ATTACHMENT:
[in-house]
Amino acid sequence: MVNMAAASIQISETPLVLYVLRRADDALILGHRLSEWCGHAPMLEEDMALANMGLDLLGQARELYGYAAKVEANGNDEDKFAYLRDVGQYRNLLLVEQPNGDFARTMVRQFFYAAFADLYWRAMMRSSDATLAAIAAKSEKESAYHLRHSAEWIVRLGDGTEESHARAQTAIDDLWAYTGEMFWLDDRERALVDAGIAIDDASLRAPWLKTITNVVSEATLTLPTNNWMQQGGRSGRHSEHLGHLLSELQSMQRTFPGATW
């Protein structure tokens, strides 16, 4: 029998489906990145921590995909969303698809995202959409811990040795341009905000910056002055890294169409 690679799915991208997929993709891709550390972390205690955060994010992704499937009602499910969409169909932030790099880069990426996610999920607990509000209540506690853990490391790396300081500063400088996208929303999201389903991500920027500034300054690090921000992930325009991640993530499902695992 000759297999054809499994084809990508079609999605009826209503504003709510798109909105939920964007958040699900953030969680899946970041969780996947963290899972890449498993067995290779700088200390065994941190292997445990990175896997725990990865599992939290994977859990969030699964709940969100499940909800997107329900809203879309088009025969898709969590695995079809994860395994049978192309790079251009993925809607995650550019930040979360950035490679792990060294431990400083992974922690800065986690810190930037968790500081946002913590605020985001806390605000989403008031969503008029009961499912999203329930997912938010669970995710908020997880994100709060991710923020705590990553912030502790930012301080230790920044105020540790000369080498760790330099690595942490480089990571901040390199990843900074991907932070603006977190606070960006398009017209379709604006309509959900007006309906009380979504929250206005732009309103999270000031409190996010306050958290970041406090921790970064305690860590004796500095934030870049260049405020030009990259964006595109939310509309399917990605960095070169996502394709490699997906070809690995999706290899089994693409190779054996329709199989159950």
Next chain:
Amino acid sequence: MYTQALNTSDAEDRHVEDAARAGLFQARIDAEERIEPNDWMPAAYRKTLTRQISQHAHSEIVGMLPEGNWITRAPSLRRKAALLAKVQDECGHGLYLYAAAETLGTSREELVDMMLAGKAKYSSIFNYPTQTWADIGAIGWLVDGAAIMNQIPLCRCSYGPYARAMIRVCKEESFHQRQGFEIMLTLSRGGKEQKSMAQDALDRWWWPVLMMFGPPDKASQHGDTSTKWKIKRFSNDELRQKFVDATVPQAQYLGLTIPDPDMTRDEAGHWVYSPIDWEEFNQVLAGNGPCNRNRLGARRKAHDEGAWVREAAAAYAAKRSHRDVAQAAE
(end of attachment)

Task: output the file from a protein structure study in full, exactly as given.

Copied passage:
[in-house]
Amino acid sequence: MVNMAAASIQISETPLVLYVLRRADDALILGHRLSEWCGHAPMLEEDMALANMGLDLLGQARELYGYAAKVEANGNDEDKFAYLRDVGQYRNLLLVEQPNGDFARTMVRQFFYAAFADLYWRAMMRSSDATLAAIAAKSEKESAYHLRHSAEWIVRLGDGTEESHARAQTAIDDLWAYTGEMFWLDDRERALVDAGIAIDDASLRAPWLKTITNVVSEATLTLPTNNWMQQGGRSGRHSEHLGHLLSELQSMQRTFPGATW
């Protein structure tokens, strides 16, 4: 029998489906990145921590995909969303698809995202959409811990040795341009905000910056002055890294169409 690679799915991208997929993709891709550390972390205690955060994010992704499937009602499910969409169909932030790099880069990426996610999920607990509000209540506690853990490391790396300081500063400088996208929303999201389903991500920027500034300054690090921000992930325009991640993530499902695992 000759297999054809499994084809990508079609999605009826209503504003709510798109909105939920964007958040699900953030969680899946970041969780996947963290899972890449498993067995290779700088200390065994941190292997445990990175896997725990990865599992939290994977859990969030699964709940969100499940909800997107329900809203879309088009025969898709969590695995079809994860395994049978192309790079251009993925809607995650550019930040979360950035490679792990060294431990400083992974922690800065986690810190930037968790500081946002913590605020985001806390605000989403008031969503008029009961499912999203329930997912938010669970995710908020997880994100709060991710923020705590990553912030502790930012301080230790920044105020540790000369080498760790330099690595942490480089990571901040390199990843900074991907932070603006977190606070960006398009017209379709604006309509959900007006309906009380979504929250206005732009309103999270000031409190996010306050958290970041406090921790970064305690860590004796500095934030870049260049405020030009990259964006595109939310509309399917990605960095070169996502394709490699997906070809690995999706290899089994693409190779054996329709199989159950």
Next chain:
Amino acid sequence: MYTQALNTSDAEDRHVEDAARAGLFQARIDAEERIEPNDWMPAAYRKTLTRQISQHAHSEIVGMLPEGNWITRAPSLRRKAALLAKVQDECGHGLYLYAAAETLGTSREELVDMMLAGKAKYSSIFNYPTQTWADIGAIGWLVDGAAIMNQIPLCRCSYGPYARAMIRVCKEESFHQRQGFEIMLTLSRGGKEQKSMAQDALDRWWWPVLMMFGPPDKASQHGDTSTKWKIKRFSNDELRQKFVDATVPQAQYLGLTIPDPDMTRDEAGHWVYSPIDWEEFNQVLAGNGPCNRNRLGARRKAHDEGAWVREAAAAYAAKRSHRDVAQAAE